Wow. So when I met you in Accelerator, how far out of the 125K investment? Like, how far out of that debt were you at that point?
I was basically still in it. So I ended my contract with him in October, and that next February I joined Accelerator.
Wow. Okay. All right. And so the whole time your wife is just cool with this because Accelerator, I mean, Rick is a phenomenal coach and there's so many just case studies and testimonials, you know, like you can read it on the website, but that's whole it's completely different than experiencing it in person. We know on the other end that joining Accelerator kind of a no brainer. Right, but, but what conversation did you have with your wife after the then you're like, I want to put down at the time how I think it was a different price back then. But what was that conversation like for the second big investment?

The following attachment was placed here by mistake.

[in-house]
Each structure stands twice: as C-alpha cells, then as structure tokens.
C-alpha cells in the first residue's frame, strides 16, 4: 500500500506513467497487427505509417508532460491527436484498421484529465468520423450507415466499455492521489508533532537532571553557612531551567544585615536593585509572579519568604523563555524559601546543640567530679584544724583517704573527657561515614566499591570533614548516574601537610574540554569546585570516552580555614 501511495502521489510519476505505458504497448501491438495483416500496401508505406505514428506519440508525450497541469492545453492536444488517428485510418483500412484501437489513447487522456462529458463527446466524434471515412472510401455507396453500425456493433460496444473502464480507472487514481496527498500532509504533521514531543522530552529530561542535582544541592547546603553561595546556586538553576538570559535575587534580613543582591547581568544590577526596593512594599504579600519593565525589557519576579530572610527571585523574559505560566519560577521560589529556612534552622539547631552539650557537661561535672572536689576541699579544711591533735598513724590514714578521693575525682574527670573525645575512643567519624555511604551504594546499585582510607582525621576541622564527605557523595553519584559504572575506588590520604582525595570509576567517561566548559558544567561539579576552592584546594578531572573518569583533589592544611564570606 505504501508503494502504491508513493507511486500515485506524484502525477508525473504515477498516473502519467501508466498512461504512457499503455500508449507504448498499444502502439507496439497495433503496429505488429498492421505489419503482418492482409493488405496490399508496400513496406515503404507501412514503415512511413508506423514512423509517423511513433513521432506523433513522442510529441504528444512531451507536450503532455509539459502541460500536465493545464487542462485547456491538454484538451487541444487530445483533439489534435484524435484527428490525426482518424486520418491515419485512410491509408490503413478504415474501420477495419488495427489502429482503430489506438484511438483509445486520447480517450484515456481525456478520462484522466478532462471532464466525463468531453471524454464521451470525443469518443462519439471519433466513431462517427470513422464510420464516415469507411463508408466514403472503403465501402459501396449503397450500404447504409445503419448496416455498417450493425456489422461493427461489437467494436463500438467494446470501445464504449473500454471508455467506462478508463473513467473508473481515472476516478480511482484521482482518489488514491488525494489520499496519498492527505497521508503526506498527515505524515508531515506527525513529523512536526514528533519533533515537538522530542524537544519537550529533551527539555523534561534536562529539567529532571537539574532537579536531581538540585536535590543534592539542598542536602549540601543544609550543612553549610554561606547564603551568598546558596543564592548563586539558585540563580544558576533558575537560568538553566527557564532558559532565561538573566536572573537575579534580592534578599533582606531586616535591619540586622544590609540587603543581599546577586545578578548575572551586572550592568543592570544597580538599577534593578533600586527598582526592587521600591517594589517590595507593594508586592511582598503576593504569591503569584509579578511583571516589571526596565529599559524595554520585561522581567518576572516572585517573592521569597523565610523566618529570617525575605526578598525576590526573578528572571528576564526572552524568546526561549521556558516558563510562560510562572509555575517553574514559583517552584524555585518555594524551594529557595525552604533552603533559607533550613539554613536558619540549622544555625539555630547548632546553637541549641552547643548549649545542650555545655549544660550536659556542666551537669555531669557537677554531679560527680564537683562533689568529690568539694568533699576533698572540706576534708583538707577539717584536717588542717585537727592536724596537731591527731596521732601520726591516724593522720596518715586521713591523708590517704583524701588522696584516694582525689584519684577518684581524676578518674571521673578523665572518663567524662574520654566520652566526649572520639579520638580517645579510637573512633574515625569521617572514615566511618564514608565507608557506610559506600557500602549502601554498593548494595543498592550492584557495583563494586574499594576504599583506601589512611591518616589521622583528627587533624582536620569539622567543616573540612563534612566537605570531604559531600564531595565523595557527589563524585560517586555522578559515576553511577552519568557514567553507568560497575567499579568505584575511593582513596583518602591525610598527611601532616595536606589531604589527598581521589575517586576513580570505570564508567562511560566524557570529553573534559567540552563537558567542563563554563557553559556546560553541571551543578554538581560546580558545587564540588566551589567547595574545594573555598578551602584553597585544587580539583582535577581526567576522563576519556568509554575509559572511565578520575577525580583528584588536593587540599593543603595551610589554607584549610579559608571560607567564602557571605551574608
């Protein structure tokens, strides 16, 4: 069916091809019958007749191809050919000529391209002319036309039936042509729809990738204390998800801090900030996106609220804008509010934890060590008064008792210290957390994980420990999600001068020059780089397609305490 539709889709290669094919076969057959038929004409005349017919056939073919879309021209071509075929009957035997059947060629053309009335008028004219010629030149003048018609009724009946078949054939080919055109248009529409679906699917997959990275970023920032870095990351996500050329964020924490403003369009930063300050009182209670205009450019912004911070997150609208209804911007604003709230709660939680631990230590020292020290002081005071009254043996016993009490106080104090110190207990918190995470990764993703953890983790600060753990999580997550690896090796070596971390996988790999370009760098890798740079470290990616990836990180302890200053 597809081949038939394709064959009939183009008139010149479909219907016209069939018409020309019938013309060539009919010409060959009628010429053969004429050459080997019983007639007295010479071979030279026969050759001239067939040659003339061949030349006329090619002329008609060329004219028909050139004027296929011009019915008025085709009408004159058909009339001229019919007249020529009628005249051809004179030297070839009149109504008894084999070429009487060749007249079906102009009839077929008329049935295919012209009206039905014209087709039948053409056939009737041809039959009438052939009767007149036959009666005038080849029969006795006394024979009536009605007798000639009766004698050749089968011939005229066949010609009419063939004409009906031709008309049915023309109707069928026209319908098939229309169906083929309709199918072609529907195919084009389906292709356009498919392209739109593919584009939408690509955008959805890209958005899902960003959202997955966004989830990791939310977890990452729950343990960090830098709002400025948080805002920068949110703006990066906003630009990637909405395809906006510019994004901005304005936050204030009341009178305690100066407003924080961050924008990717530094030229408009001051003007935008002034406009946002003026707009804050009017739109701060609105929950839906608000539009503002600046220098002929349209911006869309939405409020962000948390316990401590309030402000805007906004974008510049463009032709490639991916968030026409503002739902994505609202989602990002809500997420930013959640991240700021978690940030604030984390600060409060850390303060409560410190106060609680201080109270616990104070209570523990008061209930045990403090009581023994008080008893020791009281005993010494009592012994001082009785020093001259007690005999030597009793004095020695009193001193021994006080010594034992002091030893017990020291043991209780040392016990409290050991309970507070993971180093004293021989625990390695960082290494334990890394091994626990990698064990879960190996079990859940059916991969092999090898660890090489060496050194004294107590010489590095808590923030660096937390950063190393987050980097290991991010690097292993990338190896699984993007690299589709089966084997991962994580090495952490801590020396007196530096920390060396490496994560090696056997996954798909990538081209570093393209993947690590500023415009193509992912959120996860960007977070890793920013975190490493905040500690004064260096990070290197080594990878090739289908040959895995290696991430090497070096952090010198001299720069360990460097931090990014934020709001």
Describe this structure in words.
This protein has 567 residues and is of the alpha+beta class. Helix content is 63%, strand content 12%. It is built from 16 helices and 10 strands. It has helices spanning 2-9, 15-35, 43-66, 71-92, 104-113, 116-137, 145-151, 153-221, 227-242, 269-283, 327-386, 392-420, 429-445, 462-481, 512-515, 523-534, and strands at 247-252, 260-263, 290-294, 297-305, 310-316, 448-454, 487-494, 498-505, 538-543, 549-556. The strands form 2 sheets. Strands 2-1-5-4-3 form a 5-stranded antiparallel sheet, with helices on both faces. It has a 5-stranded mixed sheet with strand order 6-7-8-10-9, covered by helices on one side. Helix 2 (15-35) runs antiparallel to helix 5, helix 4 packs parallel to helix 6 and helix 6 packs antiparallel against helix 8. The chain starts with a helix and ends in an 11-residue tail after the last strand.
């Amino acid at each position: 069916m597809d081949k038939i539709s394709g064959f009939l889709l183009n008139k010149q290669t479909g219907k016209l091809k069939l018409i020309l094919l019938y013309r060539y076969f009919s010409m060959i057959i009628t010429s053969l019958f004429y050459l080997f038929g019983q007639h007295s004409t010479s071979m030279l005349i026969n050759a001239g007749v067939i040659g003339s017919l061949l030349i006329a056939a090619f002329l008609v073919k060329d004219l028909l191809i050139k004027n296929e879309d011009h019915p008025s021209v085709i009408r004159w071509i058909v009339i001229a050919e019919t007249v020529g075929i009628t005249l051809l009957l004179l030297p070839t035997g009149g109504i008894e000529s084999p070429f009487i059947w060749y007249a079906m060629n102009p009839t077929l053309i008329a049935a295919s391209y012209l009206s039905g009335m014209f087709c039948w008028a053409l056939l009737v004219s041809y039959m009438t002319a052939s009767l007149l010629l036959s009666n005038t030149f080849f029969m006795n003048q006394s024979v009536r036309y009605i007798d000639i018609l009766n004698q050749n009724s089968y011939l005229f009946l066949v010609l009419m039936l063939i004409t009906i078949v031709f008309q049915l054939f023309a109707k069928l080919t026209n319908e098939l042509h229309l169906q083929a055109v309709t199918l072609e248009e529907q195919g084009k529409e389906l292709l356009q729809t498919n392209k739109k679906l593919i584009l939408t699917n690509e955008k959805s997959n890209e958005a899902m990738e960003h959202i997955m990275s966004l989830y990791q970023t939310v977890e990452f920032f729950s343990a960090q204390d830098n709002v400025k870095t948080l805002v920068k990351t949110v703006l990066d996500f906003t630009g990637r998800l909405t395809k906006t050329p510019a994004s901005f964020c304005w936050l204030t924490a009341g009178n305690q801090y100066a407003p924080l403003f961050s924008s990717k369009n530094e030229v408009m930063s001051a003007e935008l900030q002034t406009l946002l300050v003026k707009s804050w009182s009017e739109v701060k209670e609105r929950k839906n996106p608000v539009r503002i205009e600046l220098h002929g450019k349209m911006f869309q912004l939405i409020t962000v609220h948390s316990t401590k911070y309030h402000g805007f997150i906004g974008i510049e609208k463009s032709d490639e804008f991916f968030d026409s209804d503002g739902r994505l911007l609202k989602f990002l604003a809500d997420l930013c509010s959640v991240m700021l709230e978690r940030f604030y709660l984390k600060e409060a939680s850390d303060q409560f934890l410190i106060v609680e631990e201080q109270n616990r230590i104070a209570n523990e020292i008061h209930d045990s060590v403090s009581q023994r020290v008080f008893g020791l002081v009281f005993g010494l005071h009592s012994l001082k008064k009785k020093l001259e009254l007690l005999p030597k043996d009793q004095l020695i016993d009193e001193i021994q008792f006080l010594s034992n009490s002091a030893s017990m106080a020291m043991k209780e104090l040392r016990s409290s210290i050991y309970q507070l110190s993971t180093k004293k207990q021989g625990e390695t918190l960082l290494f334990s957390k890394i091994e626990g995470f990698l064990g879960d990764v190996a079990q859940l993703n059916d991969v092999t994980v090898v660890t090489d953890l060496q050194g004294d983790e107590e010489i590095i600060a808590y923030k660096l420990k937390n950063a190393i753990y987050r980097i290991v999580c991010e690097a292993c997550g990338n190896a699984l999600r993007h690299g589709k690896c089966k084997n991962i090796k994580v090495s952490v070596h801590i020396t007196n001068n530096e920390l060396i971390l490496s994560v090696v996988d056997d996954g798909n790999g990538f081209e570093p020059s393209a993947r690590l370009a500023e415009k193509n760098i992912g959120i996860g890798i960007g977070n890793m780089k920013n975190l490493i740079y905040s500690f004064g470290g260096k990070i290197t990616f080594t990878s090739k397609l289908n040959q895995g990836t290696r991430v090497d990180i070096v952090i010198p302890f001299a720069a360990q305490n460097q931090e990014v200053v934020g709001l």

Yeah, so that was again, more along the lines of, well, this time she was more skeptical, but you would assume so. Right. It's like we just went through this whole mess, didn't even share the story about throwing up consistently and I couldn't eat. And just like the stress and the anxiety of everything happening all at once, I was convinced I had a stomach ulcer. And I went to the doctor and he's like, are you experiencing any stress in your life right now? Oh yeah, a lot. He's like, well that's what it is. That's all that it is. Your brain is rejecting your body is rejecting your brain and saying, you are an idiot. Stop doing what you're doing. Said as soon as you can remove yourself from that stressful situation, all the stomach issues will go away. And they did. So the conversation was a little bit different because I had basically experienced Rick through training before. So I was more eyes wide open to the upside and downside possibilities because this other opportunity, it was like, we're going to do everything for you. We're going to build this business from the ground up. All you have to do is show up with Rick. It's different. You've already established something that's working and you want to accelerator it or become more well rounded, or you want to implement best practices so you're not a slave to your business. You can actually have it work for you. And so what appealed to me about accelerator is it felt more grounded in reality and less about the sensational over promise based on a few handpicked case studies, which is still very pervasive in marketing now, it's like these five people had great results. It's like, well, what about the 900 that didn't make it? No, an accelerator was a different kind of offer. And so because I had already here's what did it. I'm remembering all these things now because it's a couple of years ago, I took his free training on how he was doing his launches. So he's doing these Facebook groups and doing like multi day trainings and it was like a two week launch lead up in Sale. And it was a really unique way of doing it that I hadn't seen before because I was kind of burned out on webinars after my last experience. And so I was like, oh, I can show up on Facebook alive and teach. Like I can do that and engage with people and answer questions. And so I basically took that script. And from that script I had my first five figure launch in January. Like, this is right on the tail end of that previous debacle. And so I did a launch beginning of the year in January and had my first five figure launch. And it was because I implemented that strategy and it also implemented some of his Ads training that he had done before. So the conversation was, I've already implemented a small piece of what he teaches and these are the results I've gotten so far. So I want to make this investment in getting more direct connection with him, being able to interact with him and ask specific questions and also get in the room with other course creators that were operating at a high level to learn from them what they're doing. That's working because that's like 80% of Accelerator is the connections and the networking that you make with other people. People that are both a step ahead of you and then also a step behind you. So you can kind of be in that middle ground of both serving as a mentor. Because when you teach something, you really start to solidify in your own mind, like the things that work and the things that you know, but then you're also able to tap into the knowledge and the expertise of people that are where you are right now. But it was just like three or four years ago. So that was a conversation, was if you think this is going to work and it's paid dividends so far with this free training he's done, then the paid training, okay, we can do it again. Just make sure we're not going to lose the house, we'll have food to eat and those kind of things. So that was the conversation for Accelerator. And it also helps that there's a payment plan so I could stretch it out. It wasn't all one big chunk.